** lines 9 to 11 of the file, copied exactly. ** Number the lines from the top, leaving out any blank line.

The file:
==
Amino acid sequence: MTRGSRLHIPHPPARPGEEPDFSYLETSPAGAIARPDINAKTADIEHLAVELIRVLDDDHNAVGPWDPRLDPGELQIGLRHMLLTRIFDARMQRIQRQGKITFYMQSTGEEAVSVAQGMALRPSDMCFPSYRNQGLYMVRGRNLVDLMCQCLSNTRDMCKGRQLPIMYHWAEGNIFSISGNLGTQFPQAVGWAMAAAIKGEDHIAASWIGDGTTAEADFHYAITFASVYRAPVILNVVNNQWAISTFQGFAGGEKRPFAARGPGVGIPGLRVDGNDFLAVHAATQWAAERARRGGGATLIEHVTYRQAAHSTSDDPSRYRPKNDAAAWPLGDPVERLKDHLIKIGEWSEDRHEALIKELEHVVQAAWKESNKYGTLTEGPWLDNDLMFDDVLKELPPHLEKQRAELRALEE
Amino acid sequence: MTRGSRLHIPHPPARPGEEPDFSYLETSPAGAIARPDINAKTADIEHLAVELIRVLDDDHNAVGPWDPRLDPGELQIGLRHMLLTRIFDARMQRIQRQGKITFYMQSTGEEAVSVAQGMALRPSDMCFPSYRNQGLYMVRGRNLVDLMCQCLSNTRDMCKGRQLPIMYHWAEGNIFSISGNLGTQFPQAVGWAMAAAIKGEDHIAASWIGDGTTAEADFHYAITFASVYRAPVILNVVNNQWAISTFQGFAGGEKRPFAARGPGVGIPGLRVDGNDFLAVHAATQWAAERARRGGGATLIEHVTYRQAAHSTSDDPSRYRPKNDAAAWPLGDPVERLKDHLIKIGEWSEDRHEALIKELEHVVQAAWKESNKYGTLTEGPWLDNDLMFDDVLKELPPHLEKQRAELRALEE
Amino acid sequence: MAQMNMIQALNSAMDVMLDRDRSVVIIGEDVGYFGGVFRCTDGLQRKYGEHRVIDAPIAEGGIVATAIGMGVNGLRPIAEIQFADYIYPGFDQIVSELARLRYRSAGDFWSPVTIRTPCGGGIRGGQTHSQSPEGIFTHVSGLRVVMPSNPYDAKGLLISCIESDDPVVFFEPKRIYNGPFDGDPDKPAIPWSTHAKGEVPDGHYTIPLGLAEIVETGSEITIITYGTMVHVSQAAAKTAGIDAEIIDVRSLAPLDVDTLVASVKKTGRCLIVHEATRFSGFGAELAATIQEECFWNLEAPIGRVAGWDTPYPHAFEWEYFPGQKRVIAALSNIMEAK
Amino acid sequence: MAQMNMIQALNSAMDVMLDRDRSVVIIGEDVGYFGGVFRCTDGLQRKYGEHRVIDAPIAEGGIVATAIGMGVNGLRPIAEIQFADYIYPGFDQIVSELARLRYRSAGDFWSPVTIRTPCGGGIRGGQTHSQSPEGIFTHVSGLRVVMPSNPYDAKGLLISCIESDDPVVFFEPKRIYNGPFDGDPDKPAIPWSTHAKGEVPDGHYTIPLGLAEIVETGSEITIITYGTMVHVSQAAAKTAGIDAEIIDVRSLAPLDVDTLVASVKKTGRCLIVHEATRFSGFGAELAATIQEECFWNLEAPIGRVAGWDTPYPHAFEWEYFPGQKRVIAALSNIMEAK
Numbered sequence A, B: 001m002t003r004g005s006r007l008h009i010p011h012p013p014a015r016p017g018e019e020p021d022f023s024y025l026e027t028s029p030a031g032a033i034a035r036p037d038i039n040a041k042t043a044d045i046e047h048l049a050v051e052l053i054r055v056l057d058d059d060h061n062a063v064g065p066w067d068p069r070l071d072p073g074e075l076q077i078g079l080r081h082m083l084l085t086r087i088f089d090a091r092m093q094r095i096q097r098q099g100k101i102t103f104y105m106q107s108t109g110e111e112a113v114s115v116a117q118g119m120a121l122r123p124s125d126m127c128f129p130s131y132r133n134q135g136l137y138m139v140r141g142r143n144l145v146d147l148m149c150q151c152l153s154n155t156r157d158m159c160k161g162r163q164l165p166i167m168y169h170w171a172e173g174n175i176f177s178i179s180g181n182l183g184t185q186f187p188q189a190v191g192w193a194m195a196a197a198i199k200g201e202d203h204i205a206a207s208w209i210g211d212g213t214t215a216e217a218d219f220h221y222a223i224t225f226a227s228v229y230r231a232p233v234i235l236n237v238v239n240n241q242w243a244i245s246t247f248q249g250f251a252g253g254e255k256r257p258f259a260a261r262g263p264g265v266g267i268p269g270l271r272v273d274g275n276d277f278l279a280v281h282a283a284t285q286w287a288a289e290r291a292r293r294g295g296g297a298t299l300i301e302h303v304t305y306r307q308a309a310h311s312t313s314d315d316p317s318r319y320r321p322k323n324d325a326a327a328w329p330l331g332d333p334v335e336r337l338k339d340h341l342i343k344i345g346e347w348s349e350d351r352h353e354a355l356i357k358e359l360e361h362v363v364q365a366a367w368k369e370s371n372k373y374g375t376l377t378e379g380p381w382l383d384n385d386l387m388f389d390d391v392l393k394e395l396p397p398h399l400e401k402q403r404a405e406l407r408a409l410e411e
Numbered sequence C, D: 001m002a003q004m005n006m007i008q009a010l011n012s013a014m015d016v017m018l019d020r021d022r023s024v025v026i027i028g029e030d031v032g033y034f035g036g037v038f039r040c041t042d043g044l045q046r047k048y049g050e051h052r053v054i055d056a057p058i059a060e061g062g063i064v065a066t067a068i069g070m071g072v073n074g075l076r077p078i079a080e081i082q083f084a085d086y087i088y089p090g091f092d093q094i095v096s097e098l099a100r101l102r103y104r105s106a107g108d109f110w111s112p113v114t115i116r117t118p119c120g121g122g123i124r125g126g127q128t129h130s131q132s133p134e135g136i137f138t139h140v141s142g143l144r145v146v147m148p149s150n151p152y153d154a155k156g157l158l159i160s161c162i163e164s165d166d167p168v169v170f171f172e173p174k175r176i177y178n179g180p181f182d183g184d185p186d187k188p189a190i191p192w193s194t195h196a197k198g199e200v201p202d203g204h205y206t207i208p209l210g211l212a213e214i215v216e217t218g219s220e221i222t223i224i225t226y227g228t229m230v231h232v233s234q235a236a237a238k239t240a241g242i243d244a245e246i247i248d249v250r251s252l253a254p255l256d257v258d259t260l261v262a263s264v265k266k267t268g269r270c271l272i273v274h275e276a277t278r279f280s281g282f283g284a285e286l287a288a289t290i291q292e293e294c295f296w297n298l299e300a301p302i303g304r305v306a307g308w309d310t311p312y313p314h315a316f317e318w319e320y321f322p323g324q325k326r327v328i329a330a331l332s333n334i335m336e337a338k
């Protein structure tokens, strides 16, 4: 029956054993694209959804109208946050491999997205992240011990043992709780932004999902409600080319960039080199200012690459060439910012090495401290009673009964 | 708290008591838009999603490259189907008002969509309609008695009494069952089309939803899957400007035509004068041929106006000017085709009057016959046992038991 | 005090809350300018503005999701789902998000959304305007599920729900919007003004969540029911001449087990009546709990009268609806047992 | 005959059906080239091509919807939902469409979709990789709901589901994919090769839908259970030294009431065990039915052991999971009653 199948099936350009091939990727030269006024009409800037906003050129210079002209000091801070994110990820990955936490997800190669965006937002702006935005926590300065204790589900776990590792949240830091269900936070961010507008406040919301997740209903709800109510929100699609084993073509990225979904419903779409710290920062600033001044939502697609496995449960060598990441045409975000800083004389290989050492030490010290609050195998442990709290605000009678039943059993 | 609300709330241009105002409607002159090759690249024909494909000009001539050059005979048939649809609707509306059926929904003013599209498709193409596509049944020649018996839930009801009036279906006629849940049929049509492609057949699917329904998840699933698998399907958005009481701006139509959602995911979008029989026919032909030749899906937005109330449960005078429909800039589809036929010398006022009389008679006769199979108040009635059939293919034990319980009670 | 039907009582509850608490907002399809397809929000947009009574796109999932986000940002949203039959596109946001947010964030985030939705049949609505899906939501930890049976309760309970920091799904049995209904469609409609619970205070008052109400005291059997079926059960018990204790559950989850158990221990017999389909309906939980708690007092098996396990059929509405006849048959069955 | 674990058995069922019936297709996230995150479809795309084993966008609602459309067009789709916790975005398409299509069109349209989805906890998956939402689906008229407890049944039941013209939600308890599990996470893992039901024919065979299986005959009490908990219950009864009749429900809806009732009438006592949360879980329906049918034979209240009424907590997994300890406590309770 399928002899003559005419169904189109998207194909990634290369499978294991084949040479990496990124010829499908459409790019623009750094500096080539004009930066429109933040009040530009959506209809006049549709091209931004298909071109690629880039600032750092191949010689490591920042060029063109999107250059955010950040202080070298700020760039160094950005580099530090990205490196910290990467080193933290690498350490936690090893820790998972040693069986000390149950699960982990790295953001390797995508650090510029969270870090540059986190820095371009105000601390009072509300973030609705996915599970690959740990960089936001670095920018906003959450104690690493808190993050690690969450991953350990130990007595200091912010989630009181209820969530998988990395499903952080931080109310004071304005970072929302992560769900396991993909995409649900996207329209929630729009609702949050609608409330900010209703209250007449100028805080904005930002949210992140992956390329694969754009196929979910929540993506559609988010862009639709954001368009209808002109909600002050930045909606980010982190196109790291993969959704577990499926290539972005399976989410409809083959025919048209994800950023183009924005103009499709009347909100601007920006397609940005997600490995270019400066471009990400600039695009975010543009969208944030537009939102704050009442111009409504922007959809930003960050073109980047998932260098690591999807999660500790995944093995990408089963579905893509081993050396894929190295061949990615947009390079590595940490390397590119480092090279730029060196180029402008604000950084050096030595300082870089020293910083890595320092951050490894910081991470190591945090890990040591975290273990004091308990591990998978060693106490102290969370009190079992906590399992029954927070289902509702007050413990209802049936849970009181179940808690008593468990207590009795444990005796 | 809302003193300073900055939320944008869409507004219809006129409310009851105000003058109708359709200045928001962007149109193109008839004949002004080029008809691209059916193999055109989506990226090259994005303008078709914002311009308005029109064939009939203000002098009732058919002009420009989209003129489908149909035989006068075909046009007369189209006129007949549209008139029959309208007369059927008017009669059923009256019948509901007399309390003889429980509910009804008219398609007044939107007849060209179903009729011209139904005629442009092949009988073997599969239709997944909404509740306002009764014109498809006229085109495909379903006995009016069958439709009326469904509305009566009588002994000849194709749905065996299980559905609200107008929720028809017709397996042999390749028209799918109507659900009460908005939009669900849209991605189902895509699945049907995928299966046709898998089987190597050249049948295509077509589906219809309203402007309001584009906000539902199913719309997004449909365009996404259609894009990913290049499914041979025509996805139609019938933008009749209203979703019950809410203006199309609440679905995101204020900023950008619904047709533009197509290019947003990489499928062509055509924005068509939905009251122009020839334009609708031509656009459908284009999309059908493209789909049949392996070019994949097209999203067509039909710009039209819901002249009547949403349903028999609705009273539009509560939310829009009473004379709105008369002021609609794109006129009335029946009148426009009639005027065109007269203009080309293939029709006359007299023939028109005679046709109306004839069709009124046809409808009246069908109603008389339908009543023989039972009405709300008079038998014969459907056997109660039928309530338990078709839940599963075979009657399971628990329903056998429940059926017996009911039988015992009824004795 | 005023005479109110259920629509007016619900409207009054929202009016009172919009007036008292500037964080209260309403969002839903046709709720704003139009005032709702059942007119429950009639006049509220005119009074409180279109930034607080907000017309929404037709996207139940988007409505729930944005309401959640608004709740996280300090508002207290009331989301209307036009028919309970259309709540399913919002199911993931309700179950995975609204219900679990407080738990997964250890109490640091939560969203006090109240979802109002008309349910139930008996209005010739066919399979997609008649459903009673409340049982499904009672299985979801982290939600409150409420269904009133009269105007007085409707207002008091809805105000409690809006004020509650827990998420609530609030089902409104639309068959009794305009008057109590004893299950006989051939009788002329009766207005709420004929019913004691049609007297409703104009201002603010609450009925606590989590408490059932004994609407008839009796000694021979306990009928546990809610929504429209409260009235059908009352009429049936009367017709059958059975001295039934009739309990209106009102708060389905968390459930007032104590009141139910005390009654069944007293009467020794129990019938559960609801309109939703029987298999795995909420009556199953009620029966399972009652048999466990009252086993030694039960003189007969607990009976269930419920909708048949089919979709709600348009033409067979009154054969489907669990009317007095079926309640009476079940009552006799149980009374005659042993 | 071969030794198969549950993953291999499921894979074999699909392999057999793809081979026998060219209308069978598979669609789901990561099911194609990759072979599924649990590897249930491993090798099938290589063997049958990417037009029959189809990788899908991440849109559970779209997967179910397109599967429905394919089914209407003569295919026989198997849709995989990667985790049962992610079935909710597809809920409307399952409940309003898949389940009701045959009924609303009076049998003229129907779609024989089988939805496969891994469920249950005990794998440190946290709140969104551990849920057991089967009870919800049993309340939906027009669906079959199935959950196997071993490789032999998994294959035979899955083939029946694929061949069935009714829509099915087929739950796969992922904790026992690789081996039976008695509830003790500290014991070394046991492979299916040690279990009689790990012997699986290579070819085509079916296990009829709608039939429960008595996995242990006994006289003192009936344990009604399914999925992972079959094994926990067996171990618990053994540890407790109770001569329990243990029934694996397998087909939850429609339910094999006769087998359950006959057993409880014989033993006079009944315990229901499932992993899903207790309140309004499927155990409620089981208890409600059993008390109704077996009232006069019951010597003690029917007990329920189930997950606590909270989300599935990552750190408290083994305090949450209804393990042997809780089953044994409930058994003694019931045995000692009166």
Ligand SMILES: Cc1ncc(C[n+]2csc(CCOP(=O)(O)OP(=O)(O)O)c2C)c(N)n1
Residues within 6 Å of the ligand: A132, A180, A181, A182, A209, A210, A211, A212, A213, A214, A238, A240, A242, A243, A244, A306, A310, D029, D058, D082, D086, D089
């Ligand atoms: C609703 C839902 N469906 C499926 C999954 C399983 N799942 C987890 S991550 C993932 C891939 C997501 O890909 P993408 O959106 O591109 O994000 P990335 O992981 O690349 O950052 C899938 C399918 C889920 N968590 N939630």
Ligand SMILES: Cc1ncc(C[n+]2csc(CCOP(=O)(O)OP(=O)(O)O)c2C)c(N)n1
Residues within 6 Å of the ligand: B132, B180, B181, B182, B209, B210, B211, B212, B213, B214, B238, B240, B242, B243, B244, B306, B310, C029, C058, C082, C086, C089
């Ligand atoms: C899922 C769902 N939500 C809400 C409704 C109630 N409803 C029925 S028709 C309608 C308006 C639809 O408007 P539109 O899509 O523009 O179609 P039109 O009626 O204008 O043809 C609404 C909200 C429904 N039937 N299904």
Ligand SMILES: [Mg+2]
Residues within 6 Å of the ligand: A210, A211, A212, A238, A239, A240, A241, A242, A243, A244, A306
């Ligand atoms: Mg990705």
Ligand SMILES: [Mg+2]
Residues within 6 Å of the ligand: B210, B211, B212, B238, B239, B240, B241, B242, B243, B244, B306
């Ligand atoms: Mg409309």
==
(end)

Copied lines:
Residues within 6 Å of the ligand: A132, A180, A181, A182, A209, A210, A211, A212, A213, A214, A238, A240, A242, A243, A244, A306, A310, D029, D058, D082, D086, D089
């Ligand atoms: C609703 C839902 N469906 C499926 C999954 C399983 N799942 C987890 S991550 C993932 C891939 C997501 O890909 P993408 O959106 O591109 O994000 P990335 O992981 O690349 O950052 C899938 C399918 C889920 N968590 N939630």
Ligand SMILES: Cc1ncc(C[n+]2csc(CCOP(=O)(O)OP(=O)(O)O)c2C)c(N)n1